“Delays In Procurement Affects Budget Absorption”-CoST Uganda Report

CoST Uganda officials inspect some infrastructure projects in town photo/CoST Uganda

BY PATRICK JARAMOGI

KAMPALA, Uganda|SHIFTMEDIA| Delays in procurement negatively affect government reputation, budget absorption, and undermine service delivery, a new report conducted by CoST Uganda Chapter has indicated.

Titled “Promoting Fair Business Practices between Government and the Private Sector in Uganda,” CoST Uganda analyzed existing government procurement portal (GPP) data for a number of objectives.

Releasing the findings during a Media Interface with leading journalists in Uganda held at Protea Hotel in Kampala on Tuesday, Michael Cengkuru the CoST Uganda Chapter Open Data Specialist said the private sector, delays in procurement directly increase operating costs through interest payments on bid securities and performance bonds, which must be extended whenever a contract is not concluded in time. “We observed that there are no fair business practices between Government and providers in the private sector,” said Michael Cengkuru the CoST Uganda Open Data Specialist.

CoST Uganda urged government in the report to provide a baseline for engagement between Government and the Private Sector.

The data arose out of the assessment conducted on 19 Government entities including 10 Local Government of

Adjumani, Arua, Gulu, Hoima, Kabale, and Wakiso Local Governments. Others were Kyenjojo, Masindi, Mbale, and Mbarara, while the ministries included those of Education and Sports, Energy and Mineral Development, Health, Water and Environment, and Works and Transport.

Also analysed were government entities such as National Water and Sewerage Cooperation (NWSC) and Uganda National Roads Authority (UNRA).

Micheal told the journalists who attended a one-day media training on reporting on Infrastructure development in Uganda that most projects analysed had time and cost overruns.

“There is a need to observe proactive disclosure, time overruns, cost overruns, tender management, as well as

transparency in procurement and project implementation,” said Michael. He noted that in the private sector, delays in procurement directly increase operating costs through interest payments on bid securities and performance bonds, which must be extended whenever a contract is not concluded in time.

CoST in its report  (https://www.cost.or.ug/download/promoting-fair-business-practices-through-open-data-report/) also urged PPDA to expedite the implementation of the Electronic Government Procurement (e-GP) system to enhance the quality and integrity.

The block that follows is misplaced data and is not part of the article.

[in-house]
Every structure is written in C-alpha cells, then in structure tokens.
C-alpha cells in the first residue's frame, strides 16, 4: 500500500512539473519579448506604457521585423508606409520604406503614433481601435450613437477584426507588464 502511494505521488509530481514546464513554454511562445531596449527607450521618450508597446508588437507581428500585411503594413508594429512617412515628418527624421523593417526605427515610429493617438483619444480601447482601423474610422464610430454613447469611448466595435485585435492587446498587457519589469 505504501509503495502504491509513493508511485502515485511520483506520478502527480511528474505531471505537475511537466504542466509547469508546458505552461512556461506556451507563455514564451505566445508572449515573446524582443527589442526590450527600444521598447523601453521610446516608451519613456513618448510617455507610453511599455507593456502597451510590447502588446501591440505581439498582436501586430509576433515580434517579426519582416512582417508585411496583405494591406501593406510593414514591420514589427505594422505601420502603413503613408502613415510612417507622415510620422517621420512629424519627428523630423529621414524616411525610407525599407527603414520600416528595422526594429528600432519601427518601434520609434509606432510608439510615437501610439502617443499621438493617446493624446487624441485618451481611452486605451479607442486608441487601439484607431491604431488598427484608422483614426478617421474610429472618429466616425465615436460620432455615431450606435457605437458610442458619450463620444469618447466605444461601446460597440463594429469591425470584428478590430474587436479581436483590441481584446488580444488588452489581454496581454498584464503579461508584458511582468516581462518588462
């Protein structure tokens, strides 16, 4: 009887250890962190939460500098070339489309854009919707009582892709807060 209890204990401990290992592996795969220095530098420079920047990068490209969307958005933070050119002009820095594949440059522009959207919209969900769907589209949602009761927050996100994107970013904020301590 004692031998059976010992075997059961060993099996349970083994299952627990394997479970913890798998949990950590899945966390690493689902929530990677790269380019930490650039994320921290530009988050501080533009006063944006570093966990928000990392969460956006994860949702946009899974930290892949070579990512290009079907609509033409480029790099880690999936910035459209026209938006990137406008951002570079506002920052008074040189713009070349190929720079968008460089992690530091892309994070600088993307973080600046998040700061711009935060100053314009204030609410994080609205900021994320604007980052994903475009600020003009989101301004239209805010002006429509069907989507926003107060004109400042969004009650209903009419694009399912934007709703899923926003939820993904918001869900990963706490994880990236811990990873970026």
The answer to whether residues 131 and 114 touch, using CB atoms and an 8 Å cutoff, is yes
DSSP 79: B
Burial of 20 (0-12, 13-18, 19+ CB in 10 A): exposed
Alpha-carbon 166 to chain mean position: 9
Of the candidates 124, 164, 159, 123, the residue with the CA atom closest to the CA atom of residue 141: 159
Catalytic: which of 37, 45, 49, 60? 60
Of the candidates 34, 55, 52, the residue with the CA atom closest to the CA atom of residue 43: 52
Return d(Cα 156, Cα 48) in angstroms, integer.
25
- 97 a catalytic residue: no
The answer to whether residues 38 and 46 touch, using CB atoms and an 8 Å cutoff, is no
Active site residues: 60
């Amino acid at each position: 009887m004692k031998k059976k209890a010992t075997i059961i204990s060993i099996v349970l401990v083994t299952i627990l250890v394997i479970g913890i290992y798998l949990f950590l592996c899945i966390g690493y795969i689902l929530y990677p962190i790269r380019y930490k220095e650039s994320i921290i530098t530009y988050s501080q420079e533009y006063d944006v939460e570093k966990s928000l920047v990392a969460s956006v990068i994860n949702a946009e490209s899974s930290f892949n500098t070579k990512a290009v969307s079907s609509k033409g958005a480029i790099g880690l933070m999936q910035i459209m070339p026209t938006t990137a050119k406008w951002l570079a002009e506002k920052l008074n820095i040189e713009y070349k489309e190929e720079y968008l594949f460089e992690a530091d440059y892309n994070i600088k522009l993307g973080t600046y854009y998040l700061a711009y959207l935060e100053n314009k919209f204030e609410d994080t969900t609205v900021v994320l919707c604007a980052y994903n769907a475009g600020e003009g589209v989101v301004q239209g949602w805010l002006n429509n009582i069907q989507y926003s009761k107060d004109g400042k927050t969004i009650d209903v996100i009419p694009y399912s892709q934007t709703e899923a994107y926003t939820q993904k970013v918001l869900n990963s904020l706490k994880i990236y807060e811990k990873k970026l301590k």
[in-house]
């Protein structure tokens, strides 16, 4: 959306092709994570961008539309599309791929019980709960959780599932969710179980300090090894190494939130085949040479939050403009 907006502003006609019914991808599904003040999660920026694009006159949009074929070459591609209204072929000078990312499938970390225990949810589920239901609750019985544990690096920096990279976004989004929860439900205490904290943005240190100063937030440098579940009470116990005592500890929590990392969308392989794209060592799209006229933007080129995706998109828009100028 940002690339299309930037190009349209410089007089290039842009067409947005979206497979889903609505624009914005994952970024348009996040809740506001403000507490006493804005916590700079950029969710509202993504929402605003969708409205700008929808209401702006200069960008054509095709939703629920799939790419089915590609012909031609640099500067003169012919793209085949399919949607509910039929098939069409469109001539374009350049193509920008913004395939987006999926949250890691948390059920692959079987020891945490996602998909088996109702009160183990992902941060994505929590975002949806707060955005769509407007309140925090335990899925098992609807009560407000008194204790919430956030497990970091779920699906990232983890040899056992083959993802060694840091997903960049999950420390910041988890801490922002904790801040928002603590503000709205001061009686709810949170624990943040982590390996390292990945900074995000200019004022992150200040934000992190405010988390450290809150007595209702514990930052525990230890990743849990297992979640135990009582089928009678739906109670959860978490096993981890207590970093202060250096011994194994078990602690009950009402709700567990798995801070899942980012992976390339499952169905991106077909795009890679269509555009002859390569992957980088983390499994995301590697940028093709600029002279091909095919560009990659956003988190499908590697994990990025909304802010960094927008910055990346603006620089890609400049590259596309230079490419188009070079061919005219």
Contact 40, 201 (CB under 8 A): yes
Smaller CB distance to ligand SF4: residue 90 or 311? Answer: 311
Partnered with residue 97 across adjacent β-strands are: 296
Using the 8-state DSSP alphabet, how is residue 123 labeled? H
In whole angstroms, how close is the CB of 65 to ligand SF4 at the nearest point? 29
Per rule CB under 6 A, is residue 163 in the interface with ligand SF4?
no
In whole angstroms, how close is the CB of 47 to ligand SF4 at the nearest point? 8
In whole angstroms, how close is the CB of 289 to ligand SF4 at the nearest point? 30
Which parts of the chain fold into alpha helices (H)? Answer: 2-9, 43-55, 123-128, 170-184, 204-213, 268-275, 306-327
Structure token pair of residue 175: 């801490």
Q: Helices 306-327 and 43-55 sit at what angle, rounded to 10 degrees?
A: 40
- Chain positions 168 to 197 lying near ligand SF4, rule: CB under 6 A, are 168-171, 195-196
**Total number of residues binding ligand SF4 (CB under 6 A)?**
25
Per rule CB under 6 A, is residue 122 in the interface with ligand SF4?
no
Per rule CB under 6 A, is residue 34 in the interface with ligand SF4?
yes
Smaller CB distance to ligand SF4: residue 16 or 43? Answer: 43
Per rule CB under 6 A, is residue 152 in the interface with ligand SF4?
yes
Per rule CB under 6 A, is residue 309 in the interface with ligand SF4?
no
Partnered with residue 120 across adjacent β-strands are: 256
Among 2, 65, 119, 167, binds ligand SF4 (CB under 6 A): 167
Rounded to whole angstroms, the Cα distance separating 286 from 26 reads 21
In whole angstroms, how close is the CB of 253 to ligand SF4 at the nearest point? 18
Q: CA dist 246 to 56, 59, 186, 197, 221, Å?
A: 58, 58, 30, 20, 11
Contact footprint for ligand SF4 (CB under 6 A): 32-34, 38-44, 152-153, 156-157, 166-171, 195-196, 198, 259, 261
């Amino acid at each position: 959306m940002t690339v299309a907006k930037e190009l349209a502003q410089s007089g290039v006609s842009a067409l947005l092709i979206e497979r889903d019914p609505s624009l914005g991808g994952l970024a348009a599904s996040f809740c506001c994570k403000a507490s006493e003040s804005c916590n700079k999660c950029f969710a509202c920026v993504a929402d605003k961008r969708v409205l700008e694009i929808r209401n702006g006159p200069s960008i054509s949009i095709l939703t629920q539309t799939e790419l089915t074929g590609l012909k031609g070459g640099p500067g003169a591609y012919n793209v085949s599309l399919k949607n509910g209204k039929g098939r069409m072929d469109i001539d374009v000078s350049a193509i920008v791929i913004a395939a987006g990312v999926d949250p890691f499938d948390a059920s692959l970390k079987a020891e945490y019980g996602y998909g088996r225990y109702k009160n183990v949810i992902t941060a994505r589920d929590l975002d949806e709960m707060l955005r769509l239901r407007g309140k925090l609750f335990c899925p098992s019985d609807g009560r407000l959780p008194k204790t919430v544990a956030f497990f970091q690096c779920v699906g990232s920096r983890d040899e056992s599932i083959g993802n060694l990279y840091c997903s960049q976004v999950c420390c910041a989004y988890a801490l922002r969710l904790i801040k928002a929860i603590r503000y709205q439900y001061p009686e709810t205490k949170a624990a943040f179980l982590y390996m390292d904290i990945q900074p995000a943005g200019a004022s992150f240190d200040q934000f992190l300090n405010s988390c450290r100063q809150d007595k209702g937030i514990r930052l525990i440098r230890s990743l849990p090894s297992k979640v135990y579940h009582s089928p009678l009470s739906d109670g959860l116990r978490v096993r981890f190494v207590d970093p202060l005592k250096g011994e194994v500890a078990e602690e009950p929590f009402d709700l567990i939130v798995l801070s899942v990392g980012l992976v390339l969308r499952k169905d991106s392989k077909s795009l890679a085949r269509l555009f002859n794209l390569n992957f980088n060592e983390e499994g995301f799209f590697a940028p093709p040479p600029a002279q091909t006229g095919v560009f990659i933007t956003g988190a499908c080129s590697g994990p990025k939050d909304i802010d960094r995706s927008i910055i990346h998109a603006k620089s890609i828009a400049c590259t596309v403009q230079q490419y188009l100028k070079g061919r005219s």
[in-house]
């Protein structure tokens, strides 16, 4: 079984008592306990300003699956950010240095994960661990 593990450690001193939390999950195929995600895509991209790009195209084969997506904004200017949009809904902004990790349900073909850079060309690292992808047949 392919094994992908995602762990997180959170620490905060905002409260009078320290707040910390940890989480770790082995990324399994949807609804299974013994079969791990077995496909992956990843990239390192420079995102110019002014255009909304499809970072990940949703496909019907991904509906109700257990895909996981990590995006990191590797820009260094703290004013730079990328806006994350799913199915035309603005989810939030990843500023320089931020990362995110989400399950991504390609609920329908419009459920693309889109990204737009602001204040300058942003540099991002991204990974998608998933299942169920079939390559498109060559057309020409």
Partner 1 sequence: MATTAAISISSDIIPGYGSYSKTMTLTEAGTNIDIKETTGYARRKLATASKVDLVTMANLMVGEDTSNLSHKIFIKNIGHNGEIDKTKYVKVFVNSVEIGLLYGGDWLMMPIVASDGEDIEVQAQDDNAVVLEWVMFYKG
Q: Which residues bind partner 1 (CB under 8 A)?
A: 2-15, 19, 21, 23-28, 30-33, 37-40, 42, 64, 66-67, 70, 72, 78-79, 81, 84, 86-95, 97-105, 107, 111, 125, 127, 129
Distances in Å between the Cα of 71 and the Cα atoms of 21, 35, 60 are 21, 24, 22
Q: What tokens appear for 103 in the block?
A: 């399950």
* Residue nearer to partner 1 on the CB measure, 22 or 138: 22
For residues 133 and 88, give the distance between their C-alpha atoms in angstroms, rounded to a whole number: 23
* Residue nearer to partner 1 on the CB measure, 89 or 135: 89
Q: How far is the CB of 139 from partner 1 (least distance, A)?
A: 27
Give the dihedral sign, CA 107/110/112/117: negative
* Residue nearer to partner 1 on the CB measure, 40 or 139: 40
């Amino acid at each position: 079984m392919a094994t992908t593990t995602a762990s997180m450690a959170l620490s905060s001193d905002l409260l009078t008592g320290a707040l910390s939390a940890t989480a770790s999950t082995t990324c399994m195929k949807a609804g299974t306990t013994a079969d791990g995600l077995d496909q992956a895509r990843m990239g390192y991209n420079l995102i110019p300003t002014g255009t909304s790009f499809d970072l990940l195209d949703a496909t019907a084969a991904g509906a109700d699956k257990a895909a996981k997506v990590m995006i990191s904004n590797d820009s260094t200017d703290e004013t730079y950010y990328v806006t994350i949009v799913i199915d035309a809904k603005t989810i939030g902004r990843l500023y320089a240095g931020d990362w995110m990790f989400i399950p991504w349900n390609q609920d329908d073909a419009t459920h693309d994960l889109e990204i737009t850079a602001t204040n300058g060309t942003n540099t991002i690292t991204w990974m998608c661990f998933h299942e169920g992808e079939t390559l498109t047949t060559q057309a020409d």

Edwin Muhumuza (below), the Director Corporate Affairs, Public Procurement and Disposal of Public Assets (PPDA) said the Electronic Government Procurement will soon be in place and once in place, all anomalies to do with procurement processes will be history.

Edwin Muhumuza

Journalists Get Tips On Infrastructure Reporting

The journalist drawn from various media houses were also given tips on investigating and reporting on infrastructure projects. Emmanuel Mutaizibwa, a renowned investigative journalist, and editor with NTV Uganda, along with Alex B. Atuhairwe, the Editorial Director with PML Daily, an online news website gave journalists tips on gathering facts, writing investigations, quality control, techniques, ethics and tweaking stories to fair business practices in public infrastructure procurement.

Recommendations by CoST

  • PPDA should develop and implement a data management policy to coordinate, facilitate and monitor data capture, analyze, store and archive, and share data and information across authorized
  • Regarding procurement delays, the PPDA should cap procurement time and provide for penalties for procurement
  • The role of PPDA in the planning of procurement should be reviewed and strengthened to include the assessment of the adequacy of budget lines to meet the planned activities, as well as the monitoring of plans to ensure effective delivery of
  • The private sector should take steps to ensure that the project cost estimates they submit in their bidding are feasible.
  • Government should reinforce Project Management Units (PMUs) in Ministries, Departments and Agencies (MDAs) to develop project costs and ensure executive approval before
  • PPDA should work towards reducing procurement transaction costs to boost private sector participation in public
  • PPDA should initiate sector-wide dissemination of project information, implementation status, expected outputs, funding details and
  • PPDA should initiate sector-wide dissemination of project information, implementation status, expected outputs, funding details and
  • PPDA should strengthen local content monitoring
  • The CoST Uganda MSG should commission a study to identify factors that prevent the private sector from participating fully in public.

 

Shift Media News

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